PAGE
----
differently. The benefits are you cut bureaucracy, you limit the
amount of time taken to work out all of these extra benefit payments and
give people the security to become entrepreneurs and make more money
eventually to go into the covers. Yes, you give people a platform from
which they can learn, work, care for their family. The critics say, with
the open borders, people will... Let's say they do 2500 a month,
hello, we are going to Switzerland! Every country has rules on assets to
a visit system, it will apply to basic income. It may be a year or
two before it qualifies. People don't think it will be passed, it is
unlikely. It is more putting the idea on the table. Absolutely.
Antennas would be delighted to get 25%, because they have created a
national debate. They will roll on with their campaign. This has been
tried elsewhere, Finland is trying it, is tracked, but Canada, where it
has been tried, what is the result? Canada and the US did, but in Canada
people were healthier, they learned more, they had a better sense of
well-being, and Canada is trying it again, Antonio, Q, Prince Edward
Island. Did they find it affordable? It was a pilot, which was
affordable. It depends on how you construct the system on the
affordability fund. A boat carrying hundreds of migrants
has cat sized off the Greek island of Crete. A major rescue operation
is under way, according to the Greek coastguard.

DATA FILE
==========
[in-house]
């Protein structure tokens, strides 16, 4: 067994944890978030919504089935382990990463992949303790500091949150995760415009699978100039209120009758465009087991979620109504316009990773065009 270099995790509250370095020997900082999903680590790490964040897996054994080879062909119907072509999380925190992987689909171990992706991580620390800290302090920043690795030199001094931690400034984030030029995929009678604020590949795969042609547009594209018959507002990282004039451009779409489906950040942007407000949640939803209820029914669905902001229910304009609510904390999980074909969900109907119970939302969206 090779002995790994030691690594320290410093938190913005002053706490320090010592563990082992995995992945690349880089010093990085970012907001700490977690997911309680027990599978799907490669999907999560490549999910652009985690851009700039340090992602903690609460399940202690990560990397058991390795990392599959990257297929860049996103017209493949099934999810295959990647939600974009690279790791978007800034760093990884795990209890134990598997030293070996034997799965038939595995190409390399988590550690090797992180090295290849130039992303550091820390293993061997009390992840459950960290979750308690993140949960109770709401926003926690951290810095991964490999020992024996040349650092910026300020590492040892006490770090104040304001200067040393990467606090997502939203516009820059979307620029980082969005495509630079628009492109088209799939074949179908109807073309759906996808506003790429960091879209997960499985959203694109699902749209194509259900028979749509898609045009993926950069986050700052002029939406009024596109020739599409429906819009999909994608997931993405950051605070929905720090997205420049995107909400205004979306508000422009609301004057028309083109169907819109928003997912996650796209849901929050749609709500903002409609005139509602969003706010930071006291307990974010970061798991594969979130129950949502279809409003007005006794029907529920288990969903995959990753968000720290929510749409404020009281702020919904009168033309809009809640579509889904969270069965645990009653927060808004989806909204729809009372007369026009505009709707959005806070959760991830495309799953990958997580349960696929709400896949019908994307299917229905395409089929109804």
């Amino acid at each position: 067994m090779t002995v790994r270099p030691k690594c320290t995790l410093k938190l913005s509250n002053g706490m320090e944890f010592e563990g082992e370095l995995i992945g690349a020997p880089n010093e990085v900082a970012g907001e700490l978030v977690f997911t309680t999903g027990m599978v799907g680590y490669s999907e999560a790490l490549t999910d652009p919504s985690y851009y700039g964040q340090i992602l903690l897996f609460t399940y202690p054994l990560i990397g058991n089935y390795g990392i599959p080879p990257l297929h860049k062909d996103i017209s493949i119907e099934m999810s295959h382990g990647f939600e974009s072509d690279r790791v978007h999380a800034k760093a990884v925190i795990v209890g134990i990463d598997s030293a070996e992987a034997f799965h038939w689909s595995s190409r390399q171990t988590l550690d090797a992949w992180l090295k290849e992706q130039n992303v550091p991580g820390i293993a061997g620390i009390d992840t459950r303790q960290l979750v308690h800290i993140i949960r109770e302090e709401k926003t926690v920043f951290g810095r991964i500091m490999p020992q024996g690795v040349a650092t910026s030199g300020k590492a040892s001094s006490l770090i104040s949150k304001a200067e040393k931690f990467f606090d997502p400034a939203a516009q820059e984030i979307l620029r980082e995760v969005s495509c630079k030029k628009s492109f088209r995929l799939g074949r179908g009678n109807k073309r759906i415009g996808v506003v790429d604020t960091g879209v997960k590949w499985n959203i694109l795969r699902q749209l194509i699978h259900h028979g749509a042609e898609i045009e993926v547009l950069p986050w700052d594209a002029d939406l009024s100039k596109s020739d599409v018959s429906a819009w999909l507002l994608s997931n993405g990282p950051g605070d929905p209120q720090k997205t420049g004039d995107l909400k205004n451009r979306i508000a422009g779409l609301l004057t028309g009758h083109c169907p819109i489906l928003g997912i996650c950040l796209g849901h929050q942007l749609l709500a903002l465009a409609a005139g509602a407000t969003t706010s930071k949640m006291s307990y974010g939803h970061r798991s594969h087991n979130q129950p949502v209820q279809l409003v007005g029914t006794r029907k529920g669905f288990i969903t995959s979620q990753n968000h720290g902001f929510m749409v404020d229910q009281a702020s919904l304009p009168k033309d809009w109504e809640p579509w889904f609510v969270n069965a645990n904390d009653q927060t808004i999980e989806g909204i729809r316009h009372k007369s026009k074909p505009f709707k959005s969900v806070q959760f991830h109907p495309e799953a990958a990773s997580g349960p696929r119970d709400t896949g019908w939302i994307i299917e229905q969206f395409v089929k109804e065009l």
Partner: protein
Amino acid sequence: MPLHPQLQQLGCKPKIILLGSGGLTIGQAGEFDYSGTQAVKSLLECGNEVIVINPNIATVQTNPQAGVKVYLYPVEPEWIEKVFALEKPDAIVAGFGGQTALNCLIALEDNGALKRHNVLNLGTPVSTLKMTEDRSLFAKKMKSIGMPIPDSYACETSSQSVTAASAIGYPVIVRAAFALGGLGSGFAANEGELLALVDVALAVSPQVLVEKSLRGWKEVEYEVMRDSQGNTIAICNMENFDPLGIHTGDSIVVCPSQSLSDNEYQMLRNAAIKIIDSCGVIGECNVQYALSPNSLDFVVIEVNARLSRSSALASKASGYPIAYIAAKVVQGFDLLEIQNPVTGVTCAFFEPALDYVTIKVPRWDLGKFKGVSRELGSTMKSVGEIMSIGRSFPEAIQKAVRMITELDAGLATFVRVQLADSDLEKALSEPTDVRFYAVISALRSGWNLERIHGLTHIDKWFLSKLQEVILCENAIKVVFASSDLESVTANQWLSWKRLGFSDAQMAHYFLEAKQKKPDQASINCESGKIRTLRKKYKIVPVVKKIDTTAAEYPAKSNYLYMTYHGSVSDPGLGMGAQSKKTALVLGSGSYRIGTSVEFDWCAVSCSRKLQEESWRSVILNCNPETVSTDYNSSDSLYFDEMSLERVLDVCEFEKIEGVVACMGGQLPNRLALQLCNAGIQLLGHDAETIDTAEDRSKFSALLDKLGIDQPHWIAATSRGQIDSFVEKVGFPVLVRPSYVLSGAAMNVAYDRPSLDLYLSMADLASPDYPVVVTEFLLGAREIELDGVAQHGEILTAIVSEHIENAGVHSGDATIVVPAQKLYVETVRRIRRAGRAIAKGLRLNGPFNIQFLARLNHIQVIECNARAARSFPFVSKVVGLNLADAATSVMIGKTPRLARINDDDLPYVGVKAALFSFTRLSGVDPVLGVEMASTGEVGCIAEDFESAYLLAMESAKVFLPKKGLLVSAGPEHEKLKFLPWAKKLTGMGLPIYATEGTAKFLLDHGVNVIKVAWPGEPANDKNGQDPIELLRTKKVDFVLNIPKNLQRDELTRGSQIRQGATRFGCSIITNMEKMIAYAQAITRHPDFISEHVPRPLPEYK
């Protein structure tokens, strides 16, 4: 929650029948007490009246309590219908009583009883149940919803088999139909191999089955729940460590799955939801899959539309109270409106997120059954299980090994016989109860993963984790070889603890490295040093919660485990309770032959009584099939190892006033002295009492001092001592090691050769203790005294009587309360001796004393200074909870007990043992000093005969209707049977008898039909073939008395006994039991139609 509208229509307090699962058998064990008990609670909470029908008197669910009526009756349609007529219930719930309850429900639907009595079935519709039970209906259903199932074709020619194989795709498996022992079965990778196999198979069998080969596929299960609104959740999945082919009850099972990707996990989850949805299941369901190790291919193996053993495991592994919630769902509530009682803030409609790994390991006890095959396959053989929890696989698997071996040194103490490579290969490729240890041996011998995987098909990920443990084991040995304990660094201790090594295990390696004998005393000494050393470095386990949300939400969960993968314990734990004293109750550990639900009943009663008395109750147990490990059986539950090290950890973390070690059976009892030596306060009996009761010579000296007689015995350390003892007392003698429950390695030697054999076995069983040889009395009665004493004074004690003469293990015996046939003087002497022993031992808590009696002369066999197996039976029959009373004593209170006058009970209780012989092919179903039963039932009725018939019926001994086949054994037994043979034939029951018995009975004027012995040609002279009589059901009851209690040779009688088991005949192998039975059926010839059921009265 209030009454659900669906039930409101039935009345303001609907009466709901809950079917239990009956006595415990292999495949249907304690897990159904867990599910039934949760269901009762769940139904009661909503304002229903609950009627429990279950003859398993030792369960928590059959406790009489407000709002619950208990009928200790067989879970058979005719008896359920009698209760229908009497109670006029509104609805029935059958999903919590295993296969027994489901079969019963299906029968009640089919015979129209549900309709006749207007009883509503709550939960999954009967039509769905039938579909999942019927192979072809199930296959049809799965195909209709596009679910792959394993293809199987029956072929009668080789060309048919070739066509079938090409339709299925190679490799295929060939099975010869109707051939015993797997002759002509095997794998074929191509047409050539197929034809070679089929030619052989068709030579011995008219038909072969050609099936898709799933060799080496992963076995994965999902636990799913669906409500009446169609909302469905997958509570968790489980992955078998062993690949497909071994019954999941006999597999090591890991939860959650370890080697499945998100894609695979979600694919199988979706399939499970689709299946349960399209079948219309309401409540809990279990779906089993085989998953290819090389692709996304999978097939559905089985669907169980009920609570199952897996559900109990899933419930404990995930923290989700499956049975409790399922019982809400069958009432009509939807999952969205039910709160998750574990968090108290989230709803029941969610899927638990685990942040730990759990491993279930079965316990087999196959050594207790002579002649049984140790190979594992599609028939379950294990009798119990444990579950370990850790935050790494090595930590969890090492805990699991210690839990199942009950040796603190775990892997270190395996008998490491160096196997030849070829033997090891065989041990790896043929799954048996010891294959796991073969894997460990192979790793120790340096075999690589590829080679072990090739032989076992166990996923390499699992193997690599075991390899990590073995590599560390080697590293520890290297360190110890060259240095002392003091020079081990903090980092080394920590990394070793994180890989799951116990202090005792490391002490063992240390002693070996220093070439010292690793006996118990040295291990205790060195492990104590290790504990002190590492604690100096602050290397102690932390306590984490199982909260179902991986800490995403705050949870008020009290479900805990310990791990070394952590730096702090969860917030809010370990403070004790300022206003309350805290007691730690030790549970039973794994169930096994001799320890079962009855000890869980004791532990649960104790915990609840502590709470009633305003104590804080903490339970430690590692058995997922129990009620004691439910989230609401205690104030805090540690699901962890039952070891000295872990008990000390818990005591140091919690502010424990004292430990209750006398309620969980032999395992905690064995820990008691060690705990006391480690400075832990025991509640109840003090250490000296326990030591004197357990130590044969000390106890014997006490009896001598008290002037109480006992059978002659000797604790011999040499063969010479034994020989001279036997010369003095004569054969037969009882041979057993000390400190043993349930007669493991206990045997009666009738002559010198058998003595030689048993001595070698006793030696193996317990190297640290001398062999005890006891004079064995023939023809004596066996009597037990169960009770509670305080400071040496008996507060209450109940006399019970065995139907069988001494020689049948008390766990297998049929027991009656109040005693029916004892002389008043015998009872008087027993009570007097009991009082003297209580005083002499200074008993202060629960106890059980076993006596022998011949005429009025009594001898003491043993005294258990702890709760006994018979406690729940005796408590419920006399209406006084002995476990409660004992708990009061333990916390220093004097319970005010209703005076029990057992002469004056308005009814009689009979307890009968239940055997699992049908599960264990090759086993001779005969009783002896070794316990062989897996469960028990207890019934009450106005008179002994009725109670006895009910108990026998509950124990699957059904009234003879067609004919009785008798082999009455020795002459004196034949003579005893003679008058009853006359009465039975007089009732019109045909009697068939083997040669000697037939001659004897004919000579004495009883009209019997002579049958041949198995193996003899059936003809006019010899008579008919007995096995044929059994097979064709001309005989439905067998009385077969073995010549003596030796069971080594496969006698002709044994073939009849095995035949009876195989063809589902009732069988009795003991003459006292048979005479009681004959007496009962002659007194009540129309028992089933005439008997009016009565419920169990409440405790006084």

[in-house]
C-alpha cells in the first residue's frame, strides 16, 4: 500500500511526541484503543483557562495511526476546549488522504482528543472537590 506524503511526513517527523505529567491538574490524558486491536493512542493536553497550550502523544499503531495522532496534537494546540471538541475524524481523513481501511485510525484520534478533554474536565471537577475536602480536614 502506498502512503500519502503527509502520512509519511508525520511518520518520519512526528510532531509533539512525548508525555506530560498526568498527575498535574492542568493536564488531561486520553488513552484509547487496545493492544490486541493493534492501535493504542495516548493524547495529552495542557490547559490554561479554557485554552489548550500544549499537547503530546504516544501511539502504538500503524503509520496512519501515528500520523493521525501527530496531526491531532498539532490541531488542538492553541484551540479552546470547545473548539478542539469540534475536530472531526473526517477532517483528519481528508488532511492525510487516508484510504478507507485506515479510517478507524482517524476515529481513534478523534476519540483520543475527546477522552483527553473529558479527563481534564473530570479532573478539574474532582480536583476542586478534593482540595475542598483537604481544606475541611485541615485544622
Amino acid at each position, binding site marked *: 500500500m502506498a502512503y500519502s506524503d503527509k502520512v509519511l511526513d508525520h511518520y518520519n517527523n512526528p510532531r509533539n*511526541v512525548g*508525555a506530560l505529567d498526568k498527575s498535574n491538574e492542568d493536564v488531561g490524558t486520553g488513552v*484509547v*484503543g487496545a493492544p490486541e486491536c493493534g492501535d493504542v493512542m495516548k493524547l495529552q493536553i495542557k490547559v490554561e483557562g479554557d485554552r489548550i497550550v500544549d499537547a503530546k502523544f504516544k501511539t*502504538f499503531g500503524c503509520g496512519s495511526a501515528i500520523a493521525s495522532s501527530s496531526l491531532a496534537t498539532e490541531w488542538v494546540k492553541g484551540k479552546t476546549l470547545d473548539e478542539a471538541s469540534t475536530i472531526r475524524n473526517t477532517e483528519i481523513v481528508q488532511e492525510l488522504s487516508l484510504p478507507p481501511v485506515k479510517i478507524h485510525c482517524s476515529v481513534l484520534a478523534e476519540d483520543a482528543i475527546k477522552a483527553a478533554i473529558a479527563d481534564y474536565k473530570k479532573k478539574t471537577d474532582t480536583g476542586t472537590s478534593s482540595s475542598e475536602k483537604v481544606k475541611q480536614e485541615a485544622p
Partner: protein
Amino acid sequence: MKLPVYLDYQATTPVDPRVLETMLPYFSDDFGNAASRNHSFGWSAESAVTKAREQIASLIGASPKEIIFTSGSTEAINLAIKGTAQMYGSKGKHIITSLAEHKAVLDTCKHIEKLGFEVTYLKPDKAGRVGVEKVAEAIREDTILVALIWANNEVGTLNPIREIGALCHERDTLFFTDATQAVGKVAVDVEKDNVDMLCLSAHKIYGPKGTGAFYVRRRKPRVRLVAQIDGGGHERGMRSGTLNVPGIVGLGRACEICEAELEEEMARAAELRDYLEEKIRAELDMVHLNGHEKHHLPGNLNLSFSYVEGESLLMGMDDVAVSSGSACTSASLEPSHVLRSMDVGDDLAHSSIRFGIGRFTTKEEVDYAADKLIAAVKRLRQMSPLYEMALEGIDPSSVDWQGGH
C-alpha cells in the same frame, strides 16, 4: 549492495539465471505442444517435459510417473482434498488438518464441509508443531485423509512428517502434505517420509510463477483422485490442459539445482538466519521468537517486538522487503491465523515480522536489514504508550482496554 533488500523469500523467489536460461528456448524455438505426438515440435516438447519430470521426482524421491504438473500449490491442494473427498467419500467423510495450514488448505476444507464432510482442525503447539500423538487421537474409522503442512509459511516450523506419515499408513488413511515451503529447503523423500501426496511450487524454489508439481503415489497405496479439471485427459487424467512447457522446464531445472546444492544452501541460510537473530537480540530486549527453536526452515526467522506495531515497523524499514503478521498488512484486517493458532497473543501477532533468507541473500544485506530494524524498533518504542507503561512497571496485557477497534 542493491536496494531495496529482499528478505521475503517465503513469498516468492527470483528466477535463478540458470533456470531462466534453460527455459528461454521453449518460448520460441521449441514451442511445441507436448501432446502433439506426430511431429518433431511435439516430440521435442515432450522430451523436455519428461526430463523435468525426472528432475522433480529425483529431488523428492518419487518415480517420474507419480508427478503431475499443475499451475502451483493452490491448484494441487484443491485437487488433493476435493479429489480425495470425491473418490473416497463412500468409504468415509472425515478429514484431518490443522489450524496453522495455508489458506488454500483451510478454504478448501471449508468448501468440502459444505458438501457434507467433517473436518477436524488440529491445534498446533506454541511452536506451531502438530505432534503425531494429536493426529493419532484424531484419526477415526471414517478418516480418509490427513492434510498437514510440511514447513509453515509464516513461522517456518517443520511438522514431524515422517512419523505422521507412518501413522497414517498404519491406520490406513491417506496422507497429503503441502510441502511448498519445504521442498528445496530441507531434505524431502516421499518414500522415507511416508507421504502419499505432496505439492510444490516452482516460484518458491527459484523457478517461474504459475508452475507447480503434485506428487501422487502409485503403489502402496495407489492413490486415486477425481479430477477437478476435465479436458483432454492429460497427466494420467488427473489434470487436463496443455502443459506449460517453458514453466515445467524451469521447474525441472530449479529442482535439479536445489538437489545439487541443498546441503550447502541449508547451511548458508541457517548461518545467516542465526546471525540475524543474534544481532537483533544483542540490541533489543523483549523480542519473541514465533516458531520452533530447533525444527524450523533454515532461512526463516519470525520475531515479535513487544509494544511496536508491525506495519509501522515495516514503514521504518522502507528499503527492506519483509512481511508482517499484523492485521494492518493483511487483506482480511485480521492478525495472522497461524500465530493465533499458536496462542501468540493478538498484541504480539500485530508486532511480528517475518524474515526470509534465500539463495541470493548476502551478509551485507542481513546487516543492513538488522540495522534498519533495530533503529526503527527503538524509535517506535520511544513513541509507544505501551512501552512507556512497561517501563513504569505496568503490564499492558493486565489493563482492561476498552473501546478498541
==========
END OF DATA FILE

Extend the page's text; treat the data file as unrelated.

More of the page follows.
The number of people in distress is reported to be in the hundreds,
people are said to be in the water, people have been thrown like boys --
life buoys. We will keep you updated on the
news. Shares in troubled airbag
manufacturer Takata have been trading higher in Asia
following media reports that the business is in talks
to raise fresh investment. According to Reuters,
Michigan-based airbag maker Key Safety Systems
is considering a deal with Takata. The Japanese company's
faulty devices have led to the recall of millions of cars
around the world. They have been linked to the loss of
11 lives and 100 injuries. The Opec group of oil-producing
nations has failed to agree a cap on crude production
at its twice-yearly Some members had been pushing
for a deal to prop up oil prices, which have recovered in recent
months but are still down In a statement, Opec
said its members were committed to Speaking after the meeting,
Saudi Arabia pledged that it would not flood the market
by increasing production. Japanese investigators have
raided Suzuki Motors' head office amid a probe
into the company's Last month, Japan's fourth-largest
car maker said that an internal probe found that its testing had not
complied with domestic Looking at our section of the